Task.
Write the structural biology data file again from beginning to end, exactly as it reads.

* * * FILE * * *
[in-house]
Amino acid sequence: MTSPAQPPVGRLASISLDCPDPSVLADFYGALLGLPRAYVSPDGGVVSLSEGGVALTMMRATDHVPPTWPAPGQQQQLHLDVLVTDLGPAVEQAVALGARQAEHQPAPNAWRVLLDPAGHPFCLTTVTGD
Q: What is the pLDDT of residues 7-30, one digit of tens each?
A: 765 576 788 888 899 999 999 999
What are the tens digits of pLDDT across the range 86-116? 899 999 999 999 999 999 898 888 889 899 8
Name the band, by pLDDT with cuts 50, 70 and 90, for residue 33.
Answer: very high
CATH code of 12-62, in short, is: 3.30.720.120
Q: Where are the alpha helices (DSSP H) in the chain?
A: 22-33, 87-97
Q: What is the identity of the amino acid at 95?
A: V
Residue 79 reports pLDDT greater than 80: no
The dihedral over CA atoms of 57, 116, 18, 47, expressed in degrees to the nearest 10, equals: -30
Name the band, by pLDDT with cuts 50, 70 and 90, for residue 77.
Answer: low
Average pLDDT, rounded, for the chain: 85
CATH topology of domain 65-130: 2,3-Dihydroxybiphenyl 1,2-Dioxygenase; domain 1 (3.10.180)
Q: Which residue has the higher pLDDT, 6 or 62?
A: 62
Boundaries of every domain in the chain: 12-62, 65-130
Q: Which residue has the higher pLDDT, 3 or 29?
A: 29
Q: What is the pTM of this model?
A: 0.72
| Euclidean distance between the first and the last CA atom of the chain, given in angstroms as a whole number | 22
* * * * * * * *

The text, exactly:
[in-house]
Amino acid sequence: MTSPAQPPVGRLASISLDCPDPSVLADFYGALLGLPRAYVSPDGGVVSLSEGGVALTMMRATDHVPPTWPAPGQQQQLHLDVLVTDLGPAVEQAVALGARQAEHQPAPNAWRVLLDPAGHPFCLTTVTGD
Q: What is the pLDDT of residues 7-30, one digit of tens each?
A: 765 576 788 888 899 999 999 999
What are the tens digits of pLDDT across the range 86-116? 899 999 999 999 999 999 898 888 889 899 8
Name the band, by pLDDT with cuts 50, 70 and 90, for residue 33.
Answer: very high
CATH code of 12-62, in short, is: 3.30.720.120
Q: Where are the alpha helices (DSSP H) in the chain?
A: 22-33, 87-97
Q: What is the identity of the amino acid at 95?
A: V
Residue 79 reports pLDDT greater than 80: no
The dihedral over CA atoms of 57, 116, 18, 47, expressed in degrees to the nearest 10, equals: -30
Name the band, by pLDDT with cuts 50, 70 and 90, for residue 77.
Answer: low
Average pLDDT, rounded, for the chain: 85
CATH topology of domain 65-130: 2,3-Dihydroxybiphenyl 1,2-Dioxygenase; domain 1 (3.10.180)
Q: Which residue has the higher pLDDT, 6 or 62?
A: 62
Boundaries of every domain in the chain: 12-62, 65-130
Q: Which residue has the higher pLDDT, 3 or 29?
A: 29
Q: What is the pTM of this model?
A: 0.72
| Euclidean distance between the first and the last CA atom of the chain, given in angstroms as a whole number | 22